2-(Dimethylamino)-3-butenenitrile1

(1; R1 = H, R2 = Me, Me)

[96840-18-5]  · C6H10N2  · 2-(Dimethylamino)-3-butenenitrile  · (MW 110.18) (2; R1 = H, R2 = (CH2)4)

[96840-19-6]  · C8H12N2  · 2-(1-Pyrrolidino)-3-butenenitrile  · (MW 136.20) (3; R1 = H, R2 = (CH2)5)

[96840-20-9]  · C9H14N2  · 2-(1-Piperidino)-3-butenenitrile  · (MW 150.25) (4; R1 = R2 = Me, Me)

[74603-42-2]  · C7H12N2  · 2-(Dimethylamino)-3-pentenenitrile  · (MW 124.21) (5; R1 = Me, R2 = Et, Et)

[81540-41-2]  · C9H16N2  · 2-(Diethylamino)-3-pentenenitrile  · (MW 152.27) (6; R1 = Me, R2 = (CH2)4)

[74603-43-3]  · C9H14N2  · 2-(1-Pyrrolidino)-3-butenenitrile  · (MW 150.25) (E)-(7; R1 = Me, R2 = (CH2)4)

[101132-09-6]  · C9H14N2  · 2-(Dimethylamino)-3-butenenitrile  · (MW 150.25) (E)-(8; R1 = Me, R2 = (CH2)5)

[101132-11-0]  · C10H16N2  · 2-(Piperidino)-3-pentenenitrile  · (MW 164.28)

(lithiation gives ambident anions for nucleophilic acylation (acrolein C-1 anion) and for use as ester homoenolate equivalents; synthesis of a-cyano enamines, a-hydroxy-a,b-enones, g-lactones, and, by Grignard alkylation, allylic amines)

Physical Data: (3) bp 94 °C/10 mmHg; d 0.981 g cm-3. (4) bp 64-65 °C/10.5 mmHg; d 0.876 g cm-3. (7) bp 51 °C/0.015 mmHg. (8) bp 55 °C/0.015 mmHg.

Metalation.

Deprotonation of either b,g- or a,b-unsaturated a-(dialkylamino)nitriles with Lithium Diisopropylamide or n-Butyllithium at low temperatures generates ambident nitrile-stabilized carbanions.2-6

Alkylation.

Alkylation of the nitrile-stabilized carbanions from b,g- and a,b-unsaturated a-(dialkylamino)nitriles with various electrophiles occurs regioselectively at the g-position to give a-cyano enamines (a-amino acrylonitriles) (eq 1).2-6 Substitution at the b-position of these substrates does not change the regioselectivity for g-alkylation; however, a combination of increased steric hindrance at the b-position and diminished size of the a-dialkylamino group leads to mixtures of a- and g-alkylation products (eq 1; NR1R2 = NMe2).6 In contrast, the b,g-unsaturated a-(morpholino)nitriles show high a-regioselectivity in alkylations.7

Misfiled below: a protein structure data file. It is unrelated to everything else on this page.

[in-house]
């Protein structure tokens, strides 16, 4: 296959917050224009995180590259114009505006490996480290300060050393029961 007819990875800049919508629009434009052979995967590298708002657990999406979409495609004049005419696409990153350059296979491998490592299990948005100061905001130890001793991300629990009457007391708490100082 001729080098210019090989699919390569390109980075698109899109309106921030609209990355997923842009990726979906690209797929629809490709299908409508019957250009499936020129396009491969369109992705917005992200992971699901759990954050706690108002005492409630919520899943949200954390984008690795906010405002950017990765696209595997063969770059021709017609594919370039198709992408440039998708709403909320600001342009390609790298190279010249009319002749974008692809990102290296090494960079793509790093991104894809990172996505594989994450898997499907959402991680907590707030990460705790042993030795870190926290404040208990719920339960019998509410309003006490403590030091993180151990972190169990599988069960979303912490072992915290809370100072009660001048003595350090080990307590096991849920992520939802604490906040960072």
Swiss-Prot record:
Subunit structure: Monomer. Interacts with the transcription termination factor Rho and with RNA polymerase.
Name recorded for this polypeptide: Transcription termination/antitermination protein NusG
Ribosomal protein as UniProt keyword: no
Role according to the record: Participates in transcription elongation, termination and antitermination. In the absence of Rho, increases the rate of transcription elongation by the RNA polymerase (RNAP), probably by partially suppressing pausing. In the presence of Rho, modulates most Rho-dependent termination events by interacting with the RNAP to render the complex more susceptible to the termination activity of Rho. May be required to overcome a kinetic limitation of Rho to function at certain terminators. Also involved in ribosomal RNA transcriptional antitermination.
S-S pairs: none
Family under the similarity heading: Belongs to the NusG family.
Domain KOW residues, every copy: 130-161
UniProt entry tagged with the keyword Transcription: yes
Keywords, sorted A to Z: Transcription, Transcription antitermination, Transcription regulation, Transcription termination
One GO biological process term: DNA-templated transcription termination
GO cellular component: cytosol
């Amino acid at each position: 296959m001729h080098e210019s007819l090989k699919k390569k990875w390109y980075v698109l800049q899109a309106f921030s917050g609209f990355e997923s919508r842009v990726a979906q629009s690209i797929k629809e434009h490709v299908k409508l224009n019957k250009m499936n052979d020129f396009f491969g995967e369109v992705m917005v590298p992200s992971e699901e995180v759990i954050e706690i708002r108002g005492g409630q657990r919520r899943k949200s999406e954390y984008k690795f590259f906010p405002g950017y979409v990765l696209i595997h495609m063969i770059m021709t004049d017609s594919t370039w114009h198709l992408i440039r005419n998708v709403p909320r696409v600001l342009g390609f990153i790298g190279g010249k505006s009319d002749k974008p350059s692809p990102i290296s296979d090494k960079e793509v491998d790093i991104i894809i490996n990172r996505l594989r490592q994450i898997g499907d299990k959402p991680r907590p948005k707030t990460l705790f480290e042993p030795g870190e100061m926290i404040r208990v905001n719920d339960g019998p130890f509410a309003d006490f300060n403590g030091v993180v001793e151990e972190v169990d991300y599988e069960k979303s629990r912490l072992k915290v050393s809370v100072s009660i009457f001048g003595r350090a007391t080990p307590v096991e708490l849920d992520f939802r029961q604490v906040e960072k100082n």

Addition of the nitrile-stabilized anions derived from these unsaturated a-(dialkylamino)nitriles to aromatic3,4,6 and aliphatic4 aldehydes occurs at the g-carbon. However, the corresponding reaction with ketones provides either the kinetic a-alkylation product or the thermodynamic g-alkylation product depending on conditions. In the former case, hydrolysis of the a-adducts affords a-hydroxy-a,b-unsaturated ketones (eq 2),5 whereas in the latter case, hydrolysis of the d-hydroxy-a-cyano enamines gives rise to g-lactones (eq 3).3-5 The addition of an equivalent of anhydrous Zinc Chloride to these reactions reduces competing aldol condensations.5 The reaction of the anions of unsaturated a-(dialkylamino)nitriles with a,b-unsaturated ketones generally results in alkylation at the g-carbon of the nitrile and 1,4-addition to the a,b-unsaturated ketone. With b-substituents on the a,b-unsaturated ketone the kinetic 1,2-g-product is favored at low temperatures and the thermodynamic 1,4-g-product is formed at 25 °C.2

Cyano Group Substitution by Grignard Reagents (Bruylant's Reaction).

The reaction of primary and secondary aliphatic, aromatic, or vinylic Grignard reagents with a-dialkylamino-b,g-unsaturated nitriles leads to a-substituted allylic amines (eq 4).8

Related Reagents.

2-(t-Butylamino)-3-methyl-2-butenenitrile; 1,3-Dibutoxy-1-lithio-1-propene; 1-Ethoxy-1-(trimethylsilyloxy)cyclopropane; 1-Methoxyallenyllithium; (E)-3-Methylthio-2-propenyl p-Tolyl Sulfone.


1. Albright, J. D. T 1983, 39, 3207.
2. Lesur, B.; Toye, J.; Chantrenne, M.; Ghosez, L. TL 1979, 2835.
3. Costisella, B.; Gross, H. T 1982, 38, 139 (CA 1982, 97, 55 908k).
4. Costisella, B.; Gross, H.; Schick, H. T 1984, 40, 733 (CA 1984, 101, 54 818v).
5. Jacobson, R. M.; Clader, J. W. TL 1980, 21, 1205.
6. Ahlbrecht, H.; Vonderheid, C. S 1975, 512 (CA 1975, 83, 206 350m)
7. Takahashi, K.; Honma, A.; Ogura, K.; Iida, H. CL 1982, 1263.
8. Ahlbrecht, H.; Dollinger, H. S 1985, 743.

David Watt & Miroslaw Golinski

University of Kentucky, Lexington, KY, USA



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